“Add the telemetry that is provided from a mobile device, in terms of location and all the other signals that a fraud team can use to help ensure they’re dealing with the same user, and you have the strongest security story you’ve ever had,” McDowell said. “Not just for mobile devices but for payments and commerce.”
Getting ahead of what’s next
Besides all being featured at the Money20/20 2016 Conference, McDowell noted that biometrics, EMV and mobile security each share another similar element: All three potentially stand to replace password/PIN credentials, which, he said, are often more susceptible to hackers and other bad actors.
He pointed to the recent security breach at Yahoo, in which fraudsters stole login credentials, comprised of email addresses and passwords, for more than 22 million user accounts. He said that biometrics could have the potential to remove the need for usernames and passwords, much the way EMV is intended to eliminate the need for cardholders to enter debit card PINs. Gazing into his figurative crystal ball, McDowell predicted that the common thread of PIN and password removal would become critical as security breaches continue to pour in.
"It keeps getting worse every year," he said. "So, as long as we have that trend, we have to have solutions that don't put the credentials in the cloud where they can just walk out the door."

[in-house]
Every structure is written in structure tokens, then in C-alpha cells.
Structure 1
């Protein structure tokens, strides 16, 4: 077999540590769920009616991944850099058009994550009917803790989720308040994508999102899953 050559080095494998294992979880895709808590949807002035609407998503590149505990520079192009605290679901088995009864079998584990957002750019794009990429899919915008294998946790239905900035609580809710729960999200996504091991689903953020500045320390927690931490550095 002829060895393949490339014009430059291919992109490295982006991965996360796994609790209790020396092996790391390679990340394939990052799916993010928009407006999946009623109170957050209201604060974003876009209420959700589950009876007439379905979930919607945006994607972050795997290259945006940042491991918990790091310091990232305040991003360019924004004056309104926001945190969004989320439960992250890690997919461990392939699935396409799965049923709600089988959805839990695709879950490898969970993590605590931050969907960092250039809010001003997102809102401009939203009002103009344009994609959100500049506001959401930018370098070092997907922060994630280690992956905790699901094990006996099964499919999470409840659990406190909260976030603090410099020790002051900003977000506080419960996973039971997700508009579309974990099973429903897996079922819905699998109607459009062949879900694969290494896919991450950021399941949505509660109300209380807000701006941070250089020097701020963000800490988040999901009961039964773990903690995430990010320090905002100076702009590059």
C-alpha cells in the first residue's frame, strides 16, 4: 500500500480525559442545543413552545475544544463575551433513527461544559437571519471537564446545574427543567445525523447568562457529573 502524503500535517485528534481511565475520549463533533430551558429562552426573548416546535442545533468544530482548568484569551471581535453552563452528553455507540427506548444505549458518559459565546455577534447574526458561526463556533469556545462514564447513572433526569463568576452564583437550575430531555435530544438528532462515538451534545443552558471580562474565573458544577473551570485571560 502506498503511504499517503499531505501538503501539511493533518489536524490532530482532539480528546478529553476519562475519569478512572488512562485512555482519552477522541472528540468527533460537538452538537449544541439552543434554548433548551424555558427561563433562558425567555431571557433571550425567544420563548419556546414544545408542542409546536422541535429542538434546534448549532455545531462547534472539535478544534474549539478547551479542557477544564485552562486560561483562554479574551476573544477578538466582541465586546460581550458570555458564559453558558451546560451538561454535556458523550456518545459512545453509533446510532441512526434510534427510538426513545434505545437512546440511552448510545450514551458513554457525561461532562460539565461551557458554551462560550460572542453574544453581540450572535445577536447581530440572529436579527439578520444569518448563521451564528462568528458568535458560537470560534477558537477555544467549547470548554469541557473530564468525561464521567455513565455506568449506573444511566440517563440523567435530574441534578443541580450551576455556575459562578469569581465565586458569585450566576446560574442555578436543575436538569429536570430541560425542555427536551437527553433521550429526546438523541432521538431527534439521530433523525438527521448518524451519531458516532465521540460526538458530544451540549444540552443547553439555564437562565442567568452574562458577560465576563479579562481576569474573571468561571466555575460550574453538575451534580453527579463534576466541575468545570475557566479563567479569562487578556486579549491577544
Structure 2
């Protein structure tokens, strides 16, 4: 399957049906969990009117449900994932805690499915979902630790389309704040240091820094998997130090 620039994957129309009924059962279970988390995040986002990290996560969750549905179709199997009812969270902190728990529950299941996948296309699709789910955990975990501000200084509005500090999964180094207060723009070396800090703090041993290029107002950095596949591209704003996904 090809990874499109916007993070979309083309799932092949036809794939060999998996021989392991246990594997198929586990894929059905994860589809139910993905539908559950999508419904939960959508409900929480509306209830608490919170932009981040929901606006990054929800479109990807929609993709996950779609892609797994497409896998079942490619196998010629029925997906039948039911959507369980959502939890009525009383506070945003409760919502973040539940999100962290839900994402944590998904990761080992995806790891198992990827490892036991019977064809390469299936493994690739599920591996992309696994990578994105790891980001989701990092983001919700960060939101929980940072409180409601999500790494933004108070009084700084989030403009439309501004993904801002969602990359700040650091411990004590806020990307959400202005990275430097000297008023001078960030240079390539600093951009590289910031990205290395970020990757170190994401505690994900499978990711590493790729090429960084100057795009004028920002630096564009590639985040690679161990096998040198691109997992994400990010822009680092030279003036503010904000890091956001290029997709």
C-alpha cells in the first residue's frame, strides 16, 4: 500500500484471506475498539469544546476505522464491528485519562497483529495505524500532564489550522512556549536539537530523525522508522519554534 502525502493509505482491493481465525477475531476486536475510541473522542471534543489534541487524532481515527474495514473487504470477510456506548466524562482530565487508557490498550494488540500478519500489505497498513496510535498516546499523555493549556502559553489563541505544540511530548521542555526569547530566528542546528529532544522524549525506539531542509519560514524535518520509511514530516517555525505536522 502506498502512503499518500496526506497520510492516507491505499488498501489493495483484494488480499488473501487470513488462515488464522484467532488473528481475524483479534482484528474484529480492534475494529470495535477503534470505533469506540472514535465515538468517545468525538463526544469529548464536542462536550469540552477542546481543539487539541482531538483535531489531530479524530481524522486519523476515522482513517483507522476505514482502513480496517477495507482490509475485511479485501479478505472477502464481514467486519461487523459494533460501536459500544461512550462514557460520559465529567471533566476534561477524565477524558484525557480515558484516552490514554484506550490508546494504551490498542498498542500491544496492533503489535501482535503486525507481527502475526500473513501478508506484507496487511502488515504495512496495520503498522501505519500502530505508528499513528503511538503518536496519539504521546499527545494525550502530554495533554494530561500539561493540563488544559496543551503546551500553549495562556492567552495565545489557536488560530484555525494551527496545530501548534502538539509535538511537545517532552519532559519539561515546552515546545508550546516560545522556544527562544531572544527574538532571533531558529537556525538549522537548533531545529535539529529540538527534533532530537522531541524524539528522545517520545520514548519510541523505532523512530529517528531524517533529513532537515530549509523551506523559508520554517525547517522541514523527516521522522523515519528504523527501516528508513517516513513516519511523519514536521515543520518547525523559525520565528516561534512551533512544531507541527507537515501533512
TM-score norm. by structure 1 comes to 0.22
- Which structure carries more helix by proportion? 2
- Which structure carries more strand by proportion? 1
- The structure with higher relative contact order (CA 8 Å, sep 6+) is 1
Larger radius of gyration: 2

More companies, including major players, like Amazon, are investing time and money into the technology, and McDowell also forecasted that a range of industries and verticals will embrace these new technologies as more options become commercially available.
“One thing that’s going to happen over the next year is going to be the commercialization of technology that’s been developed this year,” he said. “I think we're going to start seeing a very fast proliferation of applications in it, commerce and otherwise, taking advantage of that technology. Better user experience. Better security.”
Could it be that, by the time Money20/20 2017 rolls around, PINs and passwords could be teetering toward the end of the plank? Stay tuned.
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About The Tracker
The PYMNTS.com Digital Identity Tracker™, powered by Socure, is a forum for framing and addressing key issues and trends facing the entities charged with efficiently and securely identifying and granting permission to individuals to access, purchase, transact or otherwise confirm their identity.